“You look at what the Dodgers bullpen did leading into the World Series. You look at what the really good teams in the past [were able to do], the Kansas City Royals and the San Francisco Giants: being able to handle the critical moments and apply your elite stuff at that time is really good."

There seems to be no limit to the number of power arms a team can, or perhaps must, amass. One established, elite reliever, i.e. Craig Kimbrel or Kenley Jansen, doesn’t seem to be fearsome anymore without serious backup. 

In the era of swing-and-miss, the Yankees standalone with a pen averaging 12.02 strikeouts per nine innings. The Astros are second at 10.75 per nine, and the Sox fifth at 9.73. But, those figures include people who won’t be major postseason contributors and include competition that is not postseason caliber.

Power alone, though, is not enough. 

“You need kind of an answer to everything,” Hinch said. “You need someone that can match up with lefties, someone that can match up with righties. That doesn’t always mean handedness has to equal that.

“In a perfect world, there’s going to be swings that don’t handle depth breaking balls. There’s going to be swings that don’t handle hard, lateral breaking balls, whether it’s a guy with a changeup — if you have a diverse set of relievers that can be matched up appropriately, it can be a great advantage in the bullpen.”

Matchups matter, but not in the conventional way, and that's true in the regular season as well.

"The days of 4-for-10 against this guy, they’re gone," Cora said. "It’s too small.”

The Red Sox entered the day off Monday with the sixth-best bullpen ERA in the majors. They’ve been successful preventing runners they’re handed by others from scoring as well, with the 11th lowest percentage of inherited runners scored.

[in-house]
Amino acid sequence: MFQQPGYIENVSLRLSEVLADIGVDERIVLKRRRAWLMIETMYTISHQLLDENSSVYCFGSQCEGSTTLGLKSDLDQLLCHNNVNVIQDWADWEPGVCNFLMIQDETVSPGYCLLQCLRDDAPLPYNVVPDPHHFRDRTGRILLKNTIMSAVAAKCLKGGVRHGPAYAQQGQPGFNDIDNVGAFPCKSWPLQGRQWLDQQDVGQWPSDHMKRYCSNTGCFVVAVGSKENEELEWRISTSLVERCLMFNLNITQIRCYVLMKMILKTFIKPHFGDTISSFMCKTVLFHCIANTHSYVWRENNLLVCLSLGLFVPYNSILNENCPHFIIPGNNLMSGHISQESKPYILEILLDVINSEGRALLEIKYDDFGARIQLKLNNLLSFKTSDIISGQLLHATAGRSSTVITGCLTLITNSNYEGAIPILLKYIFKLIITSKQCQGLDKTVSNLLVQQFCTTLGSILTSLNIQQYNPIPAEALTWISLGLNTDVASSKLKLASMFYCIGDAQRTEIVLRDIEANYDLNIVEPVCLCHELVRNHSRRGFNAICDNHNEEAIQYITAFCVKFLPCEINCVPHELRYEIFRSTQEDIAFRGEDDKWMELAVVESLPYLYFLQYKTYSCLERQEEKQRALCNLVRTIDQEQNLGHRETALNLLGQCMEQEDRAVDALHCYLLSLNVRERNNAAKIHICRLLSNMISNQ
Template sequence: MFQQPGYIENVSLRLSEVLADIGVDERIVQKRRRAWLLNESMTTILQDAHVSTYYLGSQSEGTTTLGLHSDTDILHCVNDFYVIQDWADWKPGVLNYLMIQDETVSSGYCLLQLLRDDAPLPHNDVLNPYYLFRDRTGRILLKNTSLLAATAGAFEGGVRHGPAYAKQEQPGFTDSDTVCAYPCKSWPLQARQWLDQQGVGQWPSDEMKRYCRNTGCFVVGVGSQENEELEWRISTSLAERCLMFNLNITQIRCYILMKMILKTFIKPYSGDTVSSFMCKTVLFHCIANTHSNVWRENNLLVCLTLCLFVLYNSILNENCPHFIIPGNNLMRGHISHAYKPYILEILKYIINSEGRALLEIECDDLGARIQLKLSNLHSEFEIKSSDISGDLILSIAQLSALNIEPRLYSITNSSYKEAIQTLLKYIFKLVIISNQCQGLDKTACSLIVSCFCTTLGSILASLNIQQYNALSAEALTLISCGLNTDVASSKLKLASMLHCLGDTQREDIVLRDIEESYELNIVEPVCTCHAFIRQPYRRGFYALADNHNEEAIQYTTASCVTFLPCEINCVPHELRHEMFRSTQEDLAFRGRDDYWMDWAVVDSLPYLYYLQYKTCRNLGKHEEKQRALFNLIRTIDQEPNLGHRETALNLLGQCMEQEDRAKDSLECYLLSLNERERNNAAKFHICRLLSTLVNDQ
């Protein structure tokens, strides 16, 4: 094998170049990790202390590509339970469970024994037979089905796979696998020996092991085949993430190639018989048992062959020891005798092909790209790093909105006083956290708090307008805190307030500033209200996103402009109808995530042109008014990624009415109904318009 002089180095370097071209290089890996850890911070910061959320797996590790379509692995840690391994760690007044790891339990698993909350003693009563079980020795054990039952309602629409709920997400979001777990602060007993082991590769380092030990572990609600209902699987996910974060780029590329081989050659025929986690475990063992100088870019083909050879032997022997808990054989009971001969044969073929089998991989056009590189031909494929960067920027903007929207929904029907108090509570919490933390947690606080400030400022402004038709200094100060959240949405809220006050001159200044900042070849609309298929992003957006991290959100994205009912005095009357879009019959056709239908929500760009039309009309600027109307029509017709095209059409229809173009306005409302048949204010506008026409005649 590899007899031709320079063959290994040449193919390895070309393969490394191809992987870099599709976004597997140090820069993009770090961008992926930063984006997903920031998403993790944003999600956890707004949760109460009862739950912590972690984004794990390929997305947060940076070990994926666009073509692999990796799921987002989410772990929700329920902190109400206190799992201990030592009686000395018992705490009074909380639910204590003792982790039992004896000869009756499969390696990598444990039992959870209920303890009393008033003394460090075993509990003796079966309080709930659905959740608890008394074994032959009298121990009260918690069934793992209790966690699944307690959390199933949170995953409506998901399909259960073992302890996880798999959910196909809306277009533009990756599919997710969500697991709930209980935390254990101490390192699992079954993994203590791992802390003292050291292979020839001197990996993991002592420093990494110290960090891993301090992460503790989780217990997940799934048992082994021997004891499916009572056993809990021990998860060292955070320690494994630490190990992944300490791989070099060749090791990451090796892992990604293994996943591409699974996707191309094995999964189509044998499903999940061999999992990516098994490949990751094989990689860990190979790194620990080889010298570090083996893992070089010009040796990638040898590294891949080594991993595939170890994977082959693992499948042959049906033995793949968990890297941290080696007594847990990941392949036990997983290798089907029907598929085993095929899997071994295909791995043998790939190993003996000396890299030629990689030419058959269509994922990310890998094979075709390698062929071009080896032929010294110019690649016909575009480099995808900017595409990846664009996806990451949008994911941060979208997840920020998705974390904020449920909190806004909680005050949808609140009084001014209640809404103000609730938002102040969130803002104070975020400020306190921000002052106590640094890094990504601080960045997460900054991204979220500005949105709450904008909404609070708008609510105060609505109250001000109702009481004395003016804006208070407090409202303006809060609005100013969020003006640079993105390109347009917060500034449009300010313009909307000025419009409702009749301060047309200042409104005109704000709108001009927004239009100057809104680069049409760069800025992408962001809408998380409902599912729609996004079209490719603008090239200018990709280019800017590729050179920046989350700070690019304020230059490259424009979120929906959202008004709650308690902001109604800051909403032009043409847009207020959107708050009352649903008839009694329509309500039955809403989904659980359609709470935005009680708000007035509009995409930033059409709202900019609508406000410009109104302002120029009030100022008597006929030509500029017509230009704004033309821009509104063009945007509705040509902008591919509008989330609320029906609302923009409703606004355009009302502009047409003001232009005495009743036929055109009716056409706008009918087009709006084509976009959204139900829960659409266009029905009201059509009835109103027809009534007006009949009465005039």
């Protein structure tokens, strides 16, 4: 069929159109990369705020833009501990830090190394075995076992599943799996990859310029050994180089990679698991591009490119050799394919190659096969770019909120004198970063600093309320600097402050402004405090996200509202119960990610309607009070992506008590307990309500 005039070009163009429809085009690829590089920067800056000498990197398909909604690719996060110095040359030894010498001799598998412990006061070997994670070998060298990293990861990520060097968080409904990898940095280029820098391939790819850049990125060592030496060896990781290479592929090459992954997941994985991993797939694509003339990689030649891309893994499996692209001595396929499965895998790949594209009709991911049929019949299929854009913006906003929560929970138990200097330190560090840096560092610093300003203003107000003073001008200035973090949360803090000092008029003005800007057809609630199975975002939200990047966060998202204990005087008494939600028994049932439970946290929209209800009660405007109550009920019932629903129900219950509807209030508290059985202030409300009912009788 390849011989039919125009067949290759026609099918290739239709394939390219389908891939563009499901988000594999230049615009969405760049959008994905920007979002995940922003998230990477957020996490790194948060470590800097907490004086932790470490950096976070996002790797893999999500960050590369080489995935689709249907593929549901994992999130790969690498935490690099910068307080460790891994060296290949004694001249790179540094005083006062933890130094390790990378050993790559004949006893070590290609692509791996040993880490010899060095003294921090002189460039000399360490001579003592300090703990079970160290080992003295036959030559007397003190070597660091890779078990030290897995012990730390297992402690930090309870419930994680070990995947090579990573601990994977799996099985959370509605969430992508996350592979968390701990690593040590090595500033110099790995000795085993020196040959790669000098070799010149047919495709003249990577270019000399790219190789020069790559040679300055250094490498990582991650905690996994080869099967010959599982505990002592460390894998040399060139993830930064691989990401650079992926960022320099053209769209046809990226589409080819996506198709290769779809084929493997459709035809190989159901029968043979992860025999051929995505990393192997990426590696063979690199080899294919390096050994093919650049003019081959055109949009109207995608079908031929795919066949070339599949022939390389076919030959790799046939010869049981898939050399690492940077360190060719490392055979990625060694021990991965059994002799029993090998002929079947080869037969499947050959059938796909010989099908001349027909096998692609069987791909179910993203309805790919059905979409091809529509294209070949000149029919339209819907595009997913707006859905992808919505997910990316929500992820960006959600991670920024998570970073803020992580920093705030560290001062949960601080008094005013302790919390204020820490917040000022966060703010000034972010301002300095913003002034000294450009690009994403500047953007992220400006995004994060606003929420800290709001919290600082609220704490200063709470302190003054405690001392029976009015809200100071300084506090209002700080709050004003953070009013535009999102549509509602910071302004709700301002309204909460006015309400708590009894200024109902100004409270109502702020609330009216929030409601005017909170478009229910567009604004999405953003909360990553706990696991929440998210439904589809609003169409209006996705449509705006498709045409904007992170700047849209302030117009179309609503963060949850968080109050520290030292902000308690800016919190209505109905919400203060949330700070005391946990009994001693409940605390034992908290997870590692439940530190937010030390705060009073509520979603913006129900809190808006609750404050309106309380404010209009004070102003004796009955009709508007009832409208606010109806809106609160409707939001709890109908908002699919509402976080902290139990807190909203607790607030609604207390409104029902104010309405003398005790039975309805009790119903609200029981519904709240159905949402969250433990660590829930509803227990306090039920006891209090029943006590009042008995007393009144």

Dombrowski had a difficult time building bullpens in his years in Detroit. But the Sox had the second-best bullpen ERA in the majors in 2017. Now, despite Carson Smith’s season-ending shoulder injury and the delay in Tyler Thornburg’s return, the team is thriving again in late innings. 

But Hinch’s general point about style is one to consider with the Sox. Over the winter, Dombrowski noted the difference in looks that Smith provided in contrast to his other right-handers. Kimbrel, Matt Barnes, Joe Kelly and Heath Hembree are all high-velocity pitchers with strong breaking balls. Smith relied on a sinker as well as a slider.

This group might be able to carry the Sox to a third consecutive division title without any help. Still, variety may be lacking.

Fortunately, the postseason process naturally provides some help. When Hinch was asked what makes a good playoff bullpen, he cracked a joke.

“Starters,” he said.

The strength of the Sox starters could be a boost to the Sox pen in a layered way. Eduardo Rodriguez’s changeup or Steven Wright’s knuckler can create a change of pace.

But the starter craze can also go too far. Cora thought it did last October.

Had the Sox come back to win the Division Series against the Astros, the turning point would have been remembered as the third inning of Game 4.

Houston starter Brad Peacock struck out the first two he faced in the frame at Fenway Park. Consecutive hits cut the Astros’ lead to 3-1. Hinch, with Cora as bench coach, played the traditional matchup with Rafael Devers. Peacock was out, southpaw Francisco Liriano was in, and he was immediately greeted by a go-ahead home run.

“We got caught up last year in certain games that probably...we talked about it, we pulled the trigger too quick on Brad in Game 3,” Cora said. “Because it was the playoffs and we went with Liriano, who was throwing the ball well, and he gives up the home run.”

It was pointed out to Cora that most of the time, Liriano probably gets the job done, that the move wasn't so bad. (Although Devers fared extraordinarily well against southpaw pitching in 2017.)

“But you know what I mean? Like, we felt that way,” Cora said. "Kind of like, we trust these guys throughout the season [to get out of a jam as starters]...We talk about it. But maybe we talk about it because he gave it up."

It's only June, but the time for the Sox to consider October pen plans is now, at least in terms of ideal personnel and a variety of looks.